Unsupported browser

For a better experience please update your browser to its latest version.

Your browser appears to have cookies disabled. For the best experience of this website, please enable cookies in your browser

We use cookies to personalise your experience; learn more in our Privacy and Cookie Policy. You can opt out of some cookies by adjusting your browser settings; see the cookie policy for details. By using this site, you agree to our use of cookies.

Drop air con plans for Qatar 2022 world cup, says Populous

  • Comment

The architect of Qatar’s Sports City stadium has called on the country’s World Cup organisers to abandon plans to air condition venues

Populous senior principal John Barrow said the company was hoping to persuade Qatar to drop stadium cooling plans, adding that air conditioning was expensive and ‘notoriously unsustainable’, reported Bloomberg.

Speaking at Zurich’s International Football Arena conference yesterday (8 November), he said: ‘The organizers want to have the big showcase stadium with air conditioning but we are fighting hard to persuade them that you don’t need to have it. It’s not good from a long term sustainability point of view.’

During summer months temperatures in the Arabian Peninsula can reach as high as 40° Celsius.

Barrow – who is designing the Sports City stadium in Doha (pictured) – said he was looking at alternative ventilation solutions for the building such as wind towers and traditional methods.

A spokesperson for the event however said there was ‘no plan of scrapping cooling technology whatsoever.’

In December last year, Qatar beat the US in a surprise win to host the once in every four years event. The country pledged to keep stadiums at a steady 26° Celsius and is expected to come under scrutiny over arena temperatures in the run up to the event.

Arup Associates designed an air conditioned 5-a-side football stadium as part of Qatar’s bid to convince FIFA officials that the region’s hot summer weather could be made harmless to the ‘beautiful game’.

In January, Populous revealed concept plans for its 47,500-seat Sports City stadium which included air conditioning and a retractable roof.

Powered by solar energy, the ‘zero-carbon’ stadium was designed to have cool air blown onto spectators at neck and ankle levels.

Qatar’s World Cup bid included 12 stadiums, nine to be built from scratch while the Al Rayyan, Al Gharafa and Khalifa stadiums were to be refurbished.

Foster + Partners was among several of the international practices who designed stadiums for the bid. The studio’s 86,250-spectator Lusail Iconic Stadium scheme in Doha features a water-filled moat with six bridges providing access to a concave-roofed stadium.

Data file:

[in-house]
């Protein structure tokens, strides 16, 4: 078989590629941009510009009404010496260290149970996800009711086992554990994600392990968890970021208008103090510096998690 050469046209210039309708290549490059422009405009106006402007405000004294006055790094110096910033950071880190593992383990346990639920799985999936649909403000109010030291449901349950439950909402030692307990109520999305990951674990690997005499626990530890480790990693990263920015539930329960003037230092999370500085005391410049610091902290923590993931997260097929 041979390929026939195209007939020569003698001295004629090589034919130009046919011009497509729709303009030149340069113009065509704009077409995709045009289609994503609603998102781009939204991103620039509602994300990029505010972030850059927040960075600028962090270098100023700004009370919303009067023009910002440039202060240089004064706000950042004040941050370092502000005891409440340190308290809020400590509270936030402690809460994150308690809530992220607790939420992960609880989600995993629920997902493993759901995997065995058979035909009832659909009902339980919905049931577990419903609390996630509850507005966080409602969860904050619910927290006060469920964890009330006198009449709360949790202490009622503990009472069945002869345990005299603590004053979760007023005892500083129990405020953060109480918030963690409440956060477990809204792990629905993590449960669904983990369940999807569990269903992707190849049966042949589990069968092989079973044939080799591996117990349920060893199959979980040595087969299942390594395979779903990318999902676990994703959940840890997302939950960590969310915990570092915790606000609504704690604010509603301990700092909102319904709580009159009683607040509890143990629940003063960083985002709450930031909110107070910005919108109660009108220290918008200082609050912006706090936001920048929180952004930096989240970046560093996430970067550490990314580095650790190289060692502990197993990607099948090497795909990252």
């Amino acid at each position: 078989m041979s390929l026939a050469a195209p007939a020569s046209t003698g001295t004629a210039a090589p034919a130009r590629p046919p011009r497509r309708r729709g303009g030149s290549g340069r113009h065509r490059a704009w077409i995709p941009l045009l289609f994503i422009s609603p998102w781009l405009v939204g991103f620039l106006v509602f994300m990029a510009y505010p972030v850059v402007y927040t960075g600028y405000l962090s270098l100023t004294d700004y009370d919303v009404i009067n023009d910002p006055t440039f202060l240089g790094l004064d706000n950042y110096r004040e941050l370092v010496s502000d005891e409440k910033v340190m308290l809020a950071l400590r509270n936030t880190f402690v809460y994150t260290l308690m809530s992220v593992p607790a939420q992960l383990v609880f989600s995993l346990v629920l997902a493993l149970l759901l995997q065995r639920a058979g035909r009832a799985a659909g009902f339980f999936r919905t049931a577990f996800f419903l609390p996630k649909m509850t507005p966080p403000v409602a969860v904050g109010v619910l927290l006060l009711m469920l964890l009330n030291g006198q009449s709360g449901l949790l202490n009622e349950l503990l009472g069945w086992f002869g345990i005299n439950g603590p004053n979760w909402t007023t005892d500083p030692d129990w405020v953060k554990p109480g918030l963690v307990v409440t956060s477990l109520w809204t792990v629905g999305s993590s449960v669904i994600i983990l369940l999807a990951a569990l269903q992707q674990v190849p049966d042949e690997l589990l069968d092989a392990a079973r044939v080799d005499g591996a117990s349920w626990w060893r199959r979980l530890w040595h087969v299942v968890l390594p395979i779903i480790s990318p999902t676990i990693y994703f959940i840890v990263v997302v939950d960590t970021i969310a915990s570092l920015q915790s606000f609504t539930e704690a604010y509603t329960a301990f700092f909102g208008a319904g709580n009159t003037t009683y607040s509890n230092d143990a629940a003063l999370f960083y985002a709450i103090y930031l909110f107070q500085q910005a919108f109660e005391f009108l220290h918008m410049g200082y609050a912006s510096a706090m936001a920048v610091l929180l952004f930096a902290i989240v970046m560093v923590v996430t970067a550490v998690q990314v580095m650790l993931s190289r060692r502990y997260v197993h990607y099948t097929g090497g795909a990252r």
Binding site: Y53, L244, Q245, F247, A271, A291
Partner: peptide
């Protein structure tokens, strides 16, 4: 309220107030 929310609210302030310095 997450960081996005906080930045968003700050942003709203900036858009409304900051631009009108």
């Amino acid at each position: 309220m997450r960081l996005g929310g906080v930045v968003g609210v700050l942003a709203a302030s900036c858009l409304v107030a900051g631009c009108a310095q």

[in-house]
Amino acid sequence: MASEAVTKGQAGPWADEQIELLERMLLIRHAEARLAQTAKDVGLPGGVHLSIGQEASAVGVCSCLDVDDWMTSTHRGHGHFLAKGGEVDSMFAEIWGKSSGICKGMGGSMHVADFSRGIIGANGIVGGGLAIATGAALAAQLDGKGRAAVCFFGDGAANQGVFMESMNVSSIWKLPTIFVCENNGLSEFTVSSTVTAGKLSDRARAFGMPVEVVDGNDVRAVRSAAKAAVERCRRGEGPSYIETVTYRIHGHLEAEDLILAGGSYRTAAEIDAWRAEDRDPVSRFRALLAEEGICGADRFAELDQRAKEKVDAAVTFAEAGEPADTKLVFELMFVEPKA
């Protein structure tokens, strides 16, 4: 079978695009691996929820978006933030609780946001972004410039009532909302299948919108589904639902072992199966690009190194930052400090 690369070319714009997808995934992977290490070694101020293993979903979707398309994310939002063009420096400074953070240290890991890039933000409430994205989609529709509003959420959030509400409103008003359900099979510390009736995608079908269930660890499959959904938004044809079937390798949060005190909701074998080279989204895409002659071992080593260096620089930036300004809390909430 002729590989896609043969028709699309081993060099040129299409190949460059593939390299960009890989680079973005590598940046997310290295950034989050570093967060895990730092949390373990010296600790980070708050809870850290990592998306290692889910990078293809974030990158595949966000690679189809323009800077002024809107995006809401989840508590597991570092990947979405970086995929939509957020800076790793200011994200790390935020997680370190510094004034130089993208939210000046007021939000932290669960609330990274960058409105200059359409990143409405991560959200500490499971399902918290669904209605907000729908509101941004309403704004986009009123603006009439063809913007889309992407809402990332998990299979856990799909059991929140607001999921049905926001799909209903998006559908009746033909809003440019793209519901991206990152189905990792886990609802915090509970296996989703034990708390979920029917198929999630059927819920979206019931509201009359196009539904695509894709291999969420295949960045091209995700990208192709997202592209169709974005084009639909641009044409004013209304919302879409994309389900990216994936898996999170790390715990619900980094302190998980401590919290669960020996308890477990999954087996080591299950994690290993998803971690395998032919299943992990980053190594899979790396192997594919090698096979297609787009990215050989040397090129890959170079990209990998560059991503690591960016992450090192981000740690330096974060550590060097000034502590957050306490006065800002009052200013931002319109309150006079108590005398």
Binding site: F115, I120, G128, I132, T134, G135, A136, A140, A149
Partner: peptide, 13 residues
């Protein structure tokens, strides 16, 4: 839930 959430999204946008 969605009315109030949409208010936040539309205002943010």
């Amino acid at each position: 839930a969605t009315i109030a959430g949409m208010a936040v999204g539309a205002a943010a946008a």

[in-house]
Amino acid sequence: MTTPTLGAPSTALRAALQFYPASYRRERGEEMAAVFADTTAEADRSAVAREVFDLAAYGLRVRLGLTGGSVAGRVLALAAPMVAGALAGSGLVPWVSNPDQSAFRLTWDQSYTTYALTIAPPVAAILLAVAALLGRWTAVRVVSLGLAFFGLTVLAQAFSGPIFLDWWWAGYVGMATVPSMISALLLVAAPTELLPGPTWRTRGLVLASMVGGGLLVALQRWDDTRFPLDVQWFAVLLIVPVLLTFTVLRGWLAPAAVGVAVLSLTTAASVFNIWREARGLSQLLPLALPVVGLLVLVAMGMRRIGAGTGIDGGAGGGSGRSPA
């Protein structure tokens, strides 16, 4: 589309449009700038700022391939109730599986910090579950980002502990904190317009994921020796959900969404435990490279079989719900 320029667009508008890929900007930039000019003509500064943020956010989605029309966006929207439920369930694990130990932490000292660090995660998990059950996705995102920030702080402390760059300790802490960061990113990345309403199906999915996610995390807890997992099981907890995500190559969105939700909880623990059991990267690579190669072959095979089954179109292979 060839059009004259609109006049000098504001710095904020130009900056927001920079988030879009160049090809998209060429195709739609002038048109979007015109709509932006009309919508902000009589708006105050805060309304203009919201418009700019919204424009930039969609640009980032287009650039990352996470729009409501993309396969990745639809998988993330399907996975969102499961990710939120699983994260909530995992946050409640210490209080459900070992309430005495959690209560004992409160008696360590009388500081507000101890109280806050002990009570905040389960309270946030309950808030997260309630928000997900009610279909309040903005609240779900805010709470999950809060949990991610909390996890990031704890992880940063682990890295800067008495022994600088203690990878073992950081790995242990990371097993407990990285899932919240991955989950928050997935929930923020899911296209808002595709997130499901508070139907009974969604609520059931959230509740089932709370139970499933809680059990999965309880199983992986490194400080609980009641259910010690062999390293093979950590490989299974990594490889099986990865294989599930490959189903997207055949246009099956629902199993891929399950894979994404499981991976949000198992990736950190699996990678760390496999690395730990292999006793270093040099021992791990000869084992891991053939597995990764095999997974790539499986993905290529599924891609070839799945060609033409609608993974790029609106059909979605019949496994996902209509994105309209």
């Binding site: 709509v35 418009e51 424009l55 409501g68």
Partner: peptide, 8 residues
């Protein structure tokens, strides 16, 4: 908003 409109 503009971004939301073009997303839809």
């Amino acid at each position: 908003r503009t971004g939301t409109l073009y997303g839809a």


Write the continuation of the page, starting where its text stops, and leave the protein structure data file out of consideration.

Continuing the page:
Planned venues include Reid Fenwick Associates’ 45,350-seat Education City project and MEIS Architects’ Sports City arena, with capacity for 47,560.

German practice Albert Speer & Partner designed concepts for the Umm Salal Stadium (45,120 capacity), Qatar University Stadium (43,520), Al Shamal Stadium (45,120), Doha Port Stadium (44,950), Al Wakrah Stadium (45,120) and Al Khor Stadium (45,330).


Postcript, Qatar 2022 statement

The Supreme Committee for Qatar 2022 would like to underline once again that there is no intention to change our plans for air cooling whatsoever. All our commitments that have been made to FIFA that are in the bid book are still going ahead as planned. Moreover, our cooling technologies are not only a matter of the commitments we have made to FIFA; Qatar 2022 is also committed to leave a legacy after the World Cup, allowing future generations to play football all year round in a comfortable environment. These technologies will also be shared with countries with similar climates to Qatar, leaving also a legacy for the world of football as a whole.


  • Comment

Have your say

You must sign in to make a comment

Please remember that the submission of any material is governed by our Terms and Conditions and by submitting material you confirm your agreement to these Terms and Conditions.

Links may be included in your comments but HTML is not permitted.

Related Jobs

Discover architecture career opportunities. Search and apply online for your dream job.
Find out more